The following is a news piece on Plastic Pollution written by James McNeill, 9SL on behalf of the Eco Club. The Eco club has made it their focus this month to learn and educate others about plastic pollution. They believe that the St Killian’s community could take small steps towards a big change with regard to minimising our plastic use and waste.
Will you help stop the modern era of disposable plastics? We all have seen the damage that plastic bottles have inflicted on our countryside, coast and social places but what can we do to end this unsightly eyesore?
We as a community must galvanise to unite against the barrage of plastics we face every single day. We must act now as with every second that passes, even now, more and more plastics are being pumped out, briefly used and then abandoned by companies, corporations and the public into our fragile environment and eco system.
We can all lend a hand in our communities, school and villages to combat the tyrannical reign of disposable plastics by…
…going on litter picks and experiencing the problem first hand
… stemming your consumption of plastic use.
… replacing plastic with alternatives such as paper.
… switching from disposable plastic bottles to reusable.
…recycling plastic bottles.
…reducing St Killian’s plastic bottle consumption by 80% if every student used only one disposable bottle per week.
This goes far beyond the fact that plastic is an unpleasant sight. Every year over one million seabirds and one hundred thousand marine mammals meet an untimely and preventable death due to our impact upon the ocean’s health and wellbeing. We must also take into account that recycling, although effective, is a costly process and it does not stem the flow of plastic production. Plastic contaminates the food chain and can brutally murder down the line, even after being consumed by a smaller animals and fish, plastic can also be found in our own bloodstream, and even that of new born babies.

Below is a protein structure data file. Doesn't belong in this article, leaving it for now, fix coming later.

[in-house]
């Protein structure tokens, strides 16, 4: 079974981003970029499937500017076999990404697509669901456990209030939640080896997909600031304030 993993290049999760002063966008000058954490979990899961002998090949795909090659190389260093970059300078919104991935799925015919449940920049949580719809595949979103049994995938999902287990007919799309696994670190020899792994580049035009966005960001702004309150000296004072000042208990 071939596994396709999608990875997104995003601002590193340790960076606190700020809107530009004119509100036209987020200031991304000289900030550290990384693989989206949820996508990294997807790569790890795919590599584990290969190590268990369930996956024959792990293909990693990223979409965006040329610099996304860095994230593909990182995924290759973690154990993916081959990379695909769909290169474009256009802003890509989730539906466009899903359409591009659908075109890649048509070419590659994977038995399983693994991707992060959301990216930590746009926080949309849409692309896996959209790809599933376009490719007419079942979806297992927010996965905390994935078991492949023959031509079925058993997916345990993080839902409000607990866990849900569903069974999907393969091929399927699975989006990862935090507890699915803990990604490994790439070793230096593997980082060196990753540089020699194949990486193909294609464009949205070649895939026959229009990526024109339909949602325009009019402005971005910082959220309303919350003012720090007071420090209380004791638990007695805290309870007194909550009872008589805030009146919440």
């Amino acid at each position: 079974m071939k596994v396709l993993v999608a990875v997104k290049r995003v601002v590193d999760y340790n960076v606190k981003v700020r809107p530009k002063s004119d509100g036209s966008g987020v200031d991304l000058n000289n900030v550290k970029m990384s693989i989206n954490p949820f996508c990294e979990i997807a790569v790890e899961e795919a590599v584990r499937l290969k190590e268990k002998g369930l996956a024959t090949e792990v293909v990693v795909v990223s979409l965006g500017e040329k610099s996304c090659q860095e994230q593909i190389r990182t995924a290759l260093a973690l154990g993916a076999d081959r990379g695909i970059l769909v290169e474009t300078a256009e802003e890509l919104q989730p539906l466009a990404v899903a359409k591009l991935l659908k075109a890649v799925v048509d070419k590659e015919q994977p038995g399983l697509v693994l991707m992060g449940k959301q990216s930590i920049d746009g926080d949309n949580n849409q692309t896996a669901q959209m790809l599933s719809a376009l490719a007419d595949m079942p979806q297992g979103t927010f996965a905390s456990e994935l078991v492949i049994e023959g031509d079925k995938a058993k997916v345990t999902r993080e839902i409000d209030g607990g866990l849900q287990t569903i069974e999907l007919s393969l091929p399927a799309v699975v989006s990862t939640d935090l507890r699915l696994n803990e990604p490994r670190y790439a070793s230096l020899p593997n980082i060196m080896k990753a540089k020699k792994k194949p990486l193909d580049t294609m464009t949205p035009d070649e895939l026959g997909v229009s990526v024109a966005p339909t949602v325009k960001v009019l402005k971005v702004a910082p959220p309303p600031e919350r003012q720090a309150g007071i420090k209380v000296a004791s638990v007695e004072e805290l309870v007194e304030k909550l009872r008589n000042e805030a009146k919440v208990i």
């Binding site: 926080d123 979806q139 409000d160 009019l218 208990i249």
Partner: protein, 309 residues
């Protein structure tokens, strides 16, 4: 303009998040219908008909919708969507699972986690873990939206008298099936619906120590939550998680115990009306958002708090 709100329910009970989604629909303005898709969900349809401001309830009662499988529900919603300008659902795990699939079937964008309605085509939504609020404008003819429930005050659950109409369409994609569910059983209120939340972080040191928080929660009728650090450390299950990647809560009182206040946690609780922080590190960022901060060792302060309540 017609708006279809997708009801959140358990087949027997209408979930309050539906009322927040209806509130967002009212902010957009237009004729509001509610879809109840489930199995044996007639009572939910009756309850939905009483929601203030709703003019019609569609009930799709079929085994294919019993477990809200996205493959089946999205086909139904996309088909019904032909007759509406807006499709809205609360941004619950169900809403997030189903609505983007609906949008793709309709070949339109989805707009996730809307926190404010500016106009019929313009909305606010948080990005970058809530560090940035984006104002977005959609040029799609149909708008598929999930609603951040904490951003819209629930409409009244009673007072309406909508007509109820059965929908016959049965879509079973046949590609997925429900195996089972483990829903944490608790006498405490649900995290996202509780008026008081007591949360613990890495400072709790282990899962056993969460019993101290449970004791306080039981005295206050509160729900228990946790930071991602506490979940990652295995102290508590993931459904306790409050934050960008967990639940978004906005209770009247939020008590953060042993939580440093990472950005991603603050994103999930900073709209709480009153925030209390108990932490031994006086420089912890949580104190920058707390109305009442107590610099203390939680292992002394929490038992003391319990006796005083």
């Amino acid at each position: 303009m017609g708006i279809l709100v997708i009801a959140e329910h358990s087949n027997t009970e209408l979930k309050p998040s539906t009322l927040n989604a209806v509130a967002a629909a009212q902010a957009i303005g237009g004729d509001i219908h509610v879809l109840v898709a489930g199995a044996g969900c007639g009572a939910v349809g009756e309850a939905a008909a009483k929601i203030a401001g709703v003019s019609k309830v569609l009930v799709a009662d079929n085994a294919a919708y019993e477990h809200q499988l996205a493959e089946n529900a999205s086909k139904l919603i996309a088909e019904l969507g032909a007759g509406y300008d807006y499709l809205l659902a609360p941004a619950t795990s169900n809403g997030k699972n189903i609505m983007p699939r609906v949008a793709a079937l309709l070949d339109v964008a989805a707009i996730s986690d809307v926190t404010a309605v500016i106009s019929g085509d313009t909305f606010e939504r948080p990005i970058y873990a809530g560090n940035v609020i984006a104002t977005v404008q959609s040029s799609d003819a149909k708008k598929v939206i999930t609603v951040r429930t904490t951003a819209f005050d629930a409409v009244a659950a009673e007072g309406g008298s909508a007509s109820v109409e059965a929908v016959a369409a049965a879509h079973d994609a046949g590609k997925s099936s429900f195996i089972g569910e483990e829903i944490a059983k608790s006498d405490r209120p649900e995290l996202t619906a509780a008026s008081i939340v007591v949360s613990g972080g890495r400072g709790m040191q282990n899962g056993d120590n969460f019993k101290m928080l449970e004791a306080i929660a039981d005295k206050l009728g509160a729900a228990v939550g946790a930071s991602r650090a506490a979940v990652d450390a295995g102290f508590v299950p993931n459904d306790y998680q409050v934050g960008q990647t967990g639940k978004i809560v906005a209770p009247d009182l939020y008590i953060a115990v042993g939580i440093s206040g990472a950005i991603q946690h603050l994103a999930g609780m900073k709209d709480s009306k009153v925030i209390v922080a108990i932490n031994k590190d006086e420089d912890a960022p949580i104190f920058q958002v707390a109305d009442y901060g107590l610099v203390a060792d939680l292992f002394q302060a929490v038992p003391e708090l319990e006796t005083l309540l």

We must stop the expansion of this plastic bubble which is growing at a catastrophic rate as every piece of plastic ever made is still ere earth, even when it is incinerated it becomes even more toxic. This is a substance that the earth cannot digest, if I left a plastic bag in a tree and it was not moved, it would still be there when my great-great-great-great-great-great-great-great-great-great-great-great-great-great-great-great-great-great-great-great-great-great-great-great-great-great-great-great-great-great-great grandchild walks the earth.
James McNeill, 9SL